HC Deb 06 November 1958 vol 594 cc1103-5
48. Mr. Jay

asked the Chancellor of the Exchequer whether, in view of the need for re-expansion of production and employment, he will speed up the repayment of post-war credits.

Mr. Erroll

Last Monday my right hon. Friend reviewed the steps already taken by the Government to stimulate the resumption of expansion, and assured the House that we shall continue to take such action as the situation demands. I have nothing to add to that statement.

Mr. Jay

But as British industry still has more slack capacity than at any time since the war, would not this be a very suitable moment for relaxation of post-war credits?

Mr. Erroll

No, Sir, I do not think so.

Dame Irene Ward

In this new period of expansion when money is to be spent in stimulating industry, may I ask my hon. Friend whether any of that money will come to the shipbuilding and shipping areas and to the fishing ports, or is it all to go to general industry? We should like a little share of it, please.

Mr. Erroll

I hardly think that supplementary question arises out of the main Question.

49. Mr. Janner

asked the Chancellor of the Exchequer whether, in view of the hardships experienced by many to whom the State owes money under the postwar credit scheme, he will take steps to make some of this money available in such cases.

Mr. Simon

I am afraid the term "hardship" might cover so many widely differing types of case that it could not be adopted as a criterion for repayment of post-war credits.

Mr. Janner

Will the hon. and learned Gentleman consider the question of dealing with cases of financial embarrassment? Does not he consider it highly unfair that an individual who is financially embarrassed should be owed money by the Government while he himself may be put in a very serious position owing to the fact that he cannot meet his current debts? Cannot the hon. and learned Gentleman devise some way of dealing with that position?

Mr. Simon

One comes across many cases of the sort which the hon. Gentleman has mentioned which are bound to arouse sympathy. The question has been examined from this angle by successive Chancellors of the Exchequer, and I can assure the hon. Gentleman that it has been quite impossible to find a satisfactory criterion.

Mrs. L. Jeger

Would not the Minister agree that he could add administrative economy to sympathy if he would repay post-war credits especially to widows on the death of their husbands? Is not it a fact that there is considerable administrative action involved in passing these credits through probate and that it would be a convenient opportunity to make repayment instead of, as at present, charging widows death duties on their husbands' post-war credits which they have not got?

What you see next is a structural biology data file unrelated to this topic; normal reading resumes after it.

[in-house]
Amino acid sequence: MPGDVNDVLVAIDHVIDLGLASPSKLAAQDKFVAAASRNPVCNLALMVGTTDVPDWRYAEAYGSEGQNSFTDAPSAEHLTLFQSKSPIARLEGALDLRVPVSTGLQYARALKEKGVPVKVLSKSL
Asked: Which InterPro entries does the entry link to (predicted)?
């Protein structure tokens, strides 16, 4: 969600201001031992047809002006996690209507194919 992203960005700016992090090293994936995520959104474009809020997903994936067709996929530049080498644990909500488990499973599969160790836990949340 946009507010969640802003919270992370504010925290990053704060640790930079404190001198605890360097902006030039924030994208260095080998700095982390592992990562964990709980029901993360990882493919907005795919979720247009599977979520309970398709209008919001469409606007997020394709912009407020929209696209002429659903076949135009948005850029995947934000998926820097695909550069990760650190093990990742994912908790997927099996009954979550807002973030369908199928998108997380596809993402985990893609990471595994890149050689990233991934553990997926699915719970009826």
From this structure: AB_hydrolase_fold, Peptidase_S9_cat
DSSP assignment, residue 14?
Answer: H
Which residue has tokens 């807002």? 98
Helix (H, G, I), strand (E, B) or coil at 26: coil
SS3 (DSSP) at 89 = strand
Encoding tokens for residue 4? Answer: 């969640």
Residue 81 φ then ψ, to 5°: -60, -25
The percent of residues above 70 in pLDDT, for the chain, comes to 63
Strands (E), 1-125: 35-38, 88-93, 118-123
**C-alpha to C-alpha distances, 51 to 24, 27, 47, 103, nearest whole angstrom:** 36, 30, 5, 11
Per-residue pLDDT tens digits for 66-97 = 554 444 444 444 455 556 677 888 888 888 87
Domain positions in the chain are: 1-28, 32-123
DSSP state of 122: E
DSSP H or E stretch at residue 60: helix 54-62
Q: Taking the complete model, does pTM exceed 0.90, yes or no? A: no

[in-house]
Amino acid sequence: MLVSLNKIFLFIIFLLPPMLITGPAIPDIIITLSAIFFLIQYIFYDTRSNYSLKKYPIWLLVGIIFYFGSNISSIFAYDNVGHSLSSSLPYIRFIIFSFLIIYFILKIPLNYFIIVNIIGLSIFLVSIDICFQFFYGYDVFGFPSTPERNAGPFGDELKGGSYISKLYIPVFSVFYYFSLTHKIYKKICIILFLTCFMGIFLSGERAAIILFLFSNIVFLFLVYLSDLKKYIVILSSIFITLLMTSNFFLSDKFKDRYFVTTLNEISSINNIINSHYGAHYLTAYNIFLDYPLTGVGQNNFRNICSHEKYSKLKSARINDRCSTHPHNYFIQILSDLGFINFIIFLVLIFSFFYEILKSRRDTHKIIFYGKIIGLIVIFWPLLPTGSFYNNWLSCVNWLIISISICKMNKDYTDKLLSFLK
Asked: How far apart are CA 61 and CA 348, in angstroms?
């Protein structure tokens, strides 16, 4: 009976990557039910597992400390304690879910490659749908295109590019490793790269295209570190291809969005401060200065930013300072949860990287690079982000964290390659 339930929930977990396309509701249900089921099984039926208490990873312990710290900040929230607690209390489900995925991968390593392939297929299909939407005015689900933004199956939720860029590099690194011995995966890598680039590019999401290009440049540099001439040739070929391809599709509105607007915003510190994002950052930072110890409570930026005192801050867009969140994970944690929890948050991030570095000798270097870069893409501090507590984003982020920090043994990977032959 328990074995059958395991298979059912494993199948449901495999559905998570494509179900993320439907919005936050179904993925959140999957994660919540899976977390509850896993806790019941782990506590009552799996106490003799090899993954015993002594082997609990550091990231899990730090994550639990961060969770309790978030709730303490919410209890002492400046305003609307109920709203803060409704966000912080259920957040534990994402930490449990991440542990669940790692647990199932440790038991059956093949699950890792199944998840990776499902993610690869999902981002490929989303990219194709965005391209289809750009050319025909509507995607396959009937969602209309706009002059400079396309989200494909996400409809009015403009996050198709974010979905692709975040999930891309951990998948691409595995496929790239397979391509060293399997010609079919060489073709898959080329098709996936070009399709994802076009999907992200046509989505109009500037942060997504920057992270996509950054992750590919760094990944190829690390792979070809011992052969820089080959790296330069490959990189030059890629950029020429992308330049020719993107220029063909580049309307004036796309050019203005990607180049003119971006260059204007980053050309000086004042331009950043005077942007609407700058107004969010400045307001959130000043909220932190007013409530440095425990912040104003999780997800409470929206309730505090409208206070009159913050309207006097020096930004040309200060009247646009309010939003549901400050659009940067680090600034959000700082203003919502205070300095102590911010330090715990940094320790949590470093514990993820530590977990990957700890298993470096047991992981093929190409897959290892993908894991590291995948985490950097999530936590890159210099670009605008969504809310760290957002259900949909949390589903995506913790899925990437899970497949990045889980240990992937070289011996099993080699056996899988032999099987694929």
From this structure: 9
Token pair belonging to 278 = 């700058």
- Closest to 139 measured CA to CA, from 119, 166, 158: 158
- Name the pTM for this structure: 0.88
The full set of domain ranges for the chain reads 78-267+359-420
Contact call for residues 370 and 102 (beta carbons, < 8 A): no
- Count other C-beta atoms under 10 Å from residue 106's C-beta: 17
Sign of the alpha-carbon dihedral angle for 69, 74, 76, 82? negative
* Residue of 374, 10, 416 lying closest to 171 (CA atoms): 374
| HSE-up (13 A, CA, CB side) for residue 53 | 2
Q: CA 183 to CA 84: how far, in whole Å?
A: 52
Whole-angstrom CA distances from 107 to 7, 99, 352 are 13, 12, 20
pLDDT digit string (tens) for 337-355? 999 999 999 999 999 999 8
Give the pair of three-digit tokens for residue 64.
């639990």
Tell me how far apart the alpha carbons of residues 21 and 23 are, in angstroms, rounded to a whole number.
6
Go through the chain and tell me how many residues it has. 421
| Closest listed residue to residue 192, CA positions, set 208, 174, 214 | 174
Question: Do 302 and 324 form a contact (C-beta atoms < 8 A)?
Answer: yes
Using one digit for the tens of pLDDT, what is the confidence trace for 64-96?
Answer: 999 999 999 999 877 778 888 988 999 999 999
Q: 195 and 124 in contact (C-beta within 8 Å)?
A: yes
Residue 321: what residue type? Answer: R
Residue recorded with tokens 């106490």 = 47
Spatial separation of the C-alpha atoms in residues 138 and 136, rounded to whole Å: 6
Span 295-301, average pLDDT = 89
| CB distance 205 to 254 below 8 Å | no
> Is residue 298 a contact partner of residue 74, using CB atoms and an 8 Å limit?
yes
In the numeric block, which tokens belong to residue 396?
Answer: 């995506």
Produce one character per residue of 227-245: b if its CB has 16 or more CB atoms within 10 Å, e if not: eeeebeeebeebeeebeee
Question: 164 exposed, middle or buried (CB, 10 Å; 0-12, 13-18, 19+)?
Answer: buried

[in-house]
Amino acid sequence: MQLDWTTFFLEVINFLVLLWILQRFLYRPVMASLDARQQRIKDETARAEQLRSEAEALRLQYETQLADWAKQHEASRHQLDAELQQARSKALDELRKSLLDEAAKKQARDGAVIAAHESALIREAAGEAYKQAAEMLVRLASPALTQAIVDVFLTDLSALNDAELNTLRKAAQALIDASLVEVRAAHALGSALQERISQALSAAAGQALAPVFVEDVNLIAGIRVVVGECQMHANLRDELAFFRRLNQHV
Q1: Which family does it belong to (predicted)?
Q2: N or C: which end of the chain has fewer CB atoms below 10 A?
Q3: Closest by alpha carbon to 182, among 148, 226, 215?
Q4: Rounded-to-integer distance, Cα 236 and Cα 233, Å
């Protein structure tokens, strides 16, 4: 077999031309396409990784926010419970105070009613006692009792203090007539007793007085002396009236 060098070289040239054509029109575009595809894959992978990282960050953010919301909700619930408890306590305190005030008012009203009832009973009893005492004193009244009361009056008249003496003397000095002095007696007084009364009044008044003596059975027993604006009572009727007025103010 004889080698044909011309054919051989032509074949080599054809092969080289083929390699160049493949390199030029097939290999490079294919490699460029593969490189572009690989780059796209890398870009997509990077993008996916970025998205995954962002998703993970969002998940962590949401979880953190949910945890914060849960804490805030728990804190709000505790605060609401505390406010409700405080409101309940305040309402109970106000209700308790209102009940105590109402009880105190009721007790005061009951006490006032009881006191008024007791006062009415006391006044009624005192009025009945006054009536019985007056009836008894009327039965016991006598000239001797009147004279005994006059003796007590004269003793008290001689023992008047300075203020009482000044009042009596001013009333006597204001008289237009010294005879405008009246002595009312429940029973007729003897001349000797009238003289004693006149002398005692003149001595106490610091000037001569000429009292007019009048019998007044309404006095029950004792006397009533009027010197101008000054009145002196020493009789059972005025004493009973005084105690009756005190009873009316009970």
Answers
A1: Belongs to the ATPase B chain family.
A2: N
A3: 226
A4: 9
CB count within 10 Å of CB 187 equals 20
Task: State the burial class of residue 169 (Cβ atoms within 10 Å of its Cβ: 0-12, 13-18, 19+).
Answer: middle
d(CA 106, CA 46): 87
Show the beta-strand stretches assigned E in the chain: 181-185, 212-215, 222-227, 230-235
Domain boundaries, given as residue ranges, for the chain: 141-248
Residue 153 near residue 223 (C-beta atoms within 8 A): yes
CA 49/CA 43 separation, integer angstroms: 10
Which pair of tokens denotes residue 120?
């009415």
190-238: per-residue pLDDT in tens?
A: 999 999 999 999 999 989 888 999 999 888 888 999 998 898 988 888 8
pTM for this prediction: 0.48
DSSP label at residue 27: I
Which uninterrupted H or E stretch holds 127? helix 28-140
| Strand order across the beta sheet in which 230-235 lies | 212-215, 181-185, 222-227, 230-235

Mr. Simon

May I first dispute the assumption in the last part of the hon. Lady's supplementary question? Death duties are not payable on post-war credits. As regards the other point, any repayment of post-war credits leads to an administrative saving but I am sure the hon. Lady will see that if one said merely that, on the ground of hardship, widows should be repaid on the death of the husbands there would be very many much harder cases which would be left outside.

Mr. E. Fletcher

May we take it that the Minister now recognises that there is a great deal of hardship resulting from the failure to repay post-war credits? Will not he recognise that the reason given previously for having failed to deal with this problem was the general state of the Exchequer? Now, however, that we are moving into a period in which the Government are anxious to give away money and to increase spending power, is not this an ideal opportunity for tackling this problem again and relaxing the existing system in order to overcome these large numbers of individual cases of hardship?

Mr. Simon

No, Sir. The question of repayment on the ground of hardship has been considered on its merits and quite irrespective of the desirability of inflationary or deflationary moves. I know the right hon. Gentleman the Member for Battersea, North (Mr. Jay) will bear me out that it has been found quite impracticable.

Sir A. V. Harvey

Will my hon. and learned Friend give an undertaking that when payments are due on a given date—legitimate payments—he will liven up his Department to pay them? Recently I have had cases of repayment being six months overdue, when poor people could not get their money. Will the Minister issue an instruction that these matters are to be dealt with promptly and efficiently?

Mr. Simon

The Inland Revenue makes every attempt to deal with repayment as rapidly as possible, but in some cases there is delay in the making of the claims. In other cases the certificates have been lost, and considerable trouble is taken in the Inland Revenue to find copies.